The state Education Department approved businessman and lawyer Joel Klein as the new citys schools chancellor last week, just a few days after Mayor Michael Bloomberg submitted his choice to Education Commissioner Richard Mills.
Because Klein lacks a background as an educator, his appointment to schools chancellor required a waiver from Mills. Chancellors are required by law to have the same credentials as school superintendents.
Former Schools Chancellor Harold Levy, also a non-educator, received a waiver from Mills before taking over the post.
In other educational news, the nonprofit Campaign for Fiscal Equity filed a notice of appeal last month in the state Court of Appeals.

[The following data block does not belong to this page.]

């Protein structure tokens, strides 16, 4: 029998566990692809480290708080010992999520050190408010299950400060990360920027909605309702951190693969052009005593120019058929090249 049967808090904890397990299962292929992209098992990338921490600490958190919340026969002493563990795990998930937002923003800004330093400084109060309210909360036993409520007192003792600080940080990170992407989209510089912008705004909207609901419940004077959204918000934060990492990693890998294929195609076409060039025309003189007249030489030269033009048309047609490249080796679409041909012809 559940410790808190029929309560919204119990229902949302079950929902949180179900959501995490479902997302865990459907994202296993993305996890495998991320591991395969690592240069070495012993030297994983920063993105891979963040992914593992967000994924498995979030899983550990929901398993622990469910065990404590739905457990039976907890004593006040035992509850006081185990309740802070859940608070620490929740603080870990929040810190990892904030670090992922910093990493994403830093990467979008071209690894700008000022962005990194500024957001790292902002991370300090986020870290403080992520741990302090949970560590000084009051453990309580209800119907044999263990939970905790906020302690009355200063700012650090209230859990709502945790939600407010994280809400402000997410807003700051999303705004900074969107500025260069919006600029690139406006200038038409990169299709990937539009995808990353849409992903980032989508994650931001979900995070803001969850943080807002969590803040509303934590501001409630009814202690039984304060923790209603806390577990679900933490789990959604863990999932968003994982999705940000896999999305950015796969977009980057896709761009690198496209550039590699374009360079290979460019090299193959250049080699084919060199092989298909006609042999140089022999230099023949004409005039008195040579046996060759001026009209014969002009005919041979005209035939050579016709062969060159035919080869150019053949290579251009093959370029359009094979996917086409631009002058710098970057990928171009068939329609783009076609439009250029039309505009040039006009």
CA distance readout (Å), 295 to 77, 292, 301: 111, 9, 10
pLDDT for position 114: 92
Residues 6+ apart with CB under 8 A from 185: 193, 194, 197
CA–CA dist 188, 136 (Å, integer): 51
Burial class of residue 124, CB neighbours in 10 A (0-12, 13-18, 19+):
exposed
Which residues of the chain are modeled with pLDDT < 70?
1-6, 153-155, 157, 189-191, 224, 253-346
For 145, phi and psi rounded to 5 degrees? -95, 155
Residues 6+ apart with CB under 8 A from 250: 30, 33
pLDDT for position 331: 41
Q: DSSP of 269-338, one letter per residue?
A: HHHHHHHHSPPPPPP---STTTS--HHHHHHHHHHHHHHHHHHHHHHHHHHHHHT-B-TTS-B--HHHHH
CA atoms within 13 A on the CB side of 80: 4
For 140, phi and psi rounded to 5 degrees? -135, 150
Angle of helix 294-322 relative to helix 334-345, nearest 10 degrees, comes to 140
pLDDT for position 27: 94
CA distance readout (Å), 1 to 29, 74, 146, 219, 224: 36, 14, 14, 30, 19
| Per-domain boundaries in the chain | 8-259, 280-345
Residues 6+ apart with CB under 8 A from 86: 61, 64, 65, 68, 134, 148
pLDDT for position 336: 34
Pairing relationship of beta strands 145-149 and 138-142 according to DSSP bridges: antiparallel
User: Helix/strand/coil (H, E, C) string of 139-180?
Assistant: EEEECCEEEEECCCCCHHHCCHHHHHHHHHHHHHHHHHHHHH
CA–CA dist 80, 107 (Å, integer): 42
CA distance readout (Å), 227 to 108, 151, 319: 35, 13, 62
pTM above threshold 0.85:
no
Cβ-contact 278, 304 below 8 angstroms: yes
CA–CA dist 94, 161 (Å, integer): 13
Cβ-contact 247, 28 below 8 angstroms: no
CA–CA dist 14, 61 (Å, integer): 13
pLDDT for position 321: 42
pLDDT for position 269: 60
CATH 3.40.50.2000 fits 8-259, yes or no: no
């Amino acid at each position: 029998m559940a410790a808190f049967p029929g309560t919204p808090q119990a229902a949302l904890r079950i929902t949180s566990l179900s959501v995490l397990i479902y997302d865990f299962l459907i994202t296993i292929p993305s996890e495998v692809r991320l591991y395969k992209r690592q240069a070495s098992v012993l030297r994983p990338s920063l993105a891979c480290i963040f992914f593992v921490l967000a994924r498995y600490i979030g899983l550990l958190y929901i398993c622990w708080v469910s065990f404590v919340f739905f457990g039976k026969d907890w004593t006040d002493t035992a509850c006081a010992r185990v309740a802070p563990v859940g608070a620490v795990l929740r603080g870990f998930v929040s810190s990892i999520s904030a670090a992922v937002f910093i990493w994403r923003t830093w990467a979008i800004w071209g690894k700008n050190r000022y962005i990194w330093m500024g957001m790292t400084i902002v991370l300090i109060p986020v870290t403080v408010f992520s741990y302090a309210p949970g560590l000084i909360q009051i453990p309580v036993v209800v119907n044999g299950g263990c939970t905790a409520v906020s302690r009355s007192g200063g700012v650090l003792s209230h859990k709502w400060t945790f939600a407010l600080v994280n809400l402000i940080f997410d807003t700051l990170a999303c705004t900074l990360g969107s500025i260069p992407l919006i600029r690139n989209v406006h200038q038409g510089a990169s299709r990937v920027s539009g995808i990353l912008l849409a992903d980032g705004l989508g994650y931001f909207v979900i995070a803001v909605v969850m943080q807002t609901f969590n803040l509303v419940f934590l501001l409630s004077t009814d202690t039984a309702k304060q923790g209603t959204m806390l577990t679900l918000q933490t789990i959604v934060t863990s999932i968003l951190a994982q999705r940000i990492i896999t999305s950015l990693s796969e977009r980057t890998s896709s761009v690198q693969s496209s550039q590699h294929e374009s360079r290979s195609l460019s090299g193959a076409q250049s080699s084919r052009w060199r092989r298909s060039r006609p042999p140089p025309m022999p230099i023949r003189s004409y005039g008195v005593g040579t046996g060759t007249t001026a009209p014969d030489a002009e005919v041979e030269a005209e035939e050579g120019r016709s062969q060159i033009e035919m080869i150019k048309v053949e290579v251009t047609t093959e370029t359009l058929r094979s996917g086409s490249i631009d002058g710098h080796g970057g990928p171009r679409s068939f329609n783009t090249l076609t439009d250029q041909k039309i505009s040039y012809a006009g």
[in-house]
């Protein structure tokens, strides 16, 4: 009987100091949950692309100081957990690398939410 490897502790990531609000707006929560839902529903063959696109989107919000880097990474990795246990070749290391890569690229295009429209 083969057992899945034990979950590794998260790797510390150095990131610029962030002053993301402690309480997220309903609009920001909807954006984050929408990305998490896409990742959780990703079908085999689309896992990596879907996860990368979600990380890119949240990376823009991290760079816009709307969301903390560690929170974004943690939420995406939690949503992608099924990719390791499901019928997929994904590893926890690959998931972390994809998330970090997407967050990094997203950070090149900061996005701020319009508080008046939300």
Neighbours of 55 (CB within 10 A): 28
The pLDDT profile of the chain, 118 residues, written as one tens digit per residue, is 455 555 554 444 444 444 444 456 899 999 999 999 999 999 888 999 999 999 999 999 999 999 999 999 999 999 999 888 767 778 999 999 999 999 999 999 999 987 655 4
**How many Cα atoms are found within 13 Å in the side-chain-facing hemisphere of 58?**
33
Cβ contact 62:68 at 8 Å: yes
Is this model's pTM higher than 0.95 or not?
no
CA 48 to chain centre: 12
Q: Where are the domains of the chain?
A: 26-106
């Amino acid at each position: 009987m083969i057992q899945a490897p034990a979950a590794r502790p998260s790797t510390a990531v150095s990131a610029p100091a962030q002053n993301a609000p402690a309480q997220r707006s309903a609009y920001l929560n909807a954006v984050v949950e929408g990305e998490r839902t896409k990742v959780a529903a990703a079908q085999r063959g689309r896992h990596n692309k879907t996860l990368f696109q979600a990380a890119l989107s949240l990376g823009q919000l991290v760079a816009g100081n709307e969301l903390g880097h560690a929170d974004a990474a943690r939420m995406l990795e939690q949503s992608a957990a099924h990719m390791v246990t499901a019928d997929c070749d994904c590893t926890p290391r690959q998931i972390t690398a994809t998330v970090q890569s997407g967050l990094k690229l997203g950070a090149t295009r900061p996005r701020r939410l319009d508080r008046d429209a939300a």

The group has been fighting in the courts to force the state to revise its educational funding formulas. Under the current system, the CFE said, big cities across the state, including New York, have more students than their suburban and rural counterparts but less financial help from state government for educational funding.
Meanwhile, another nonprofit The After-School Corporation announced this week that it was offering a $500,000 grant from the MetLife Foundation to support 10 after-school programs.
Schools in seven regions will be able to apply for the grant money. Regions include Queens and cities in Maryland, Massachusetts, Rhode Island, North Carolina, Florida and part of upstate.
©2002 Community News Group
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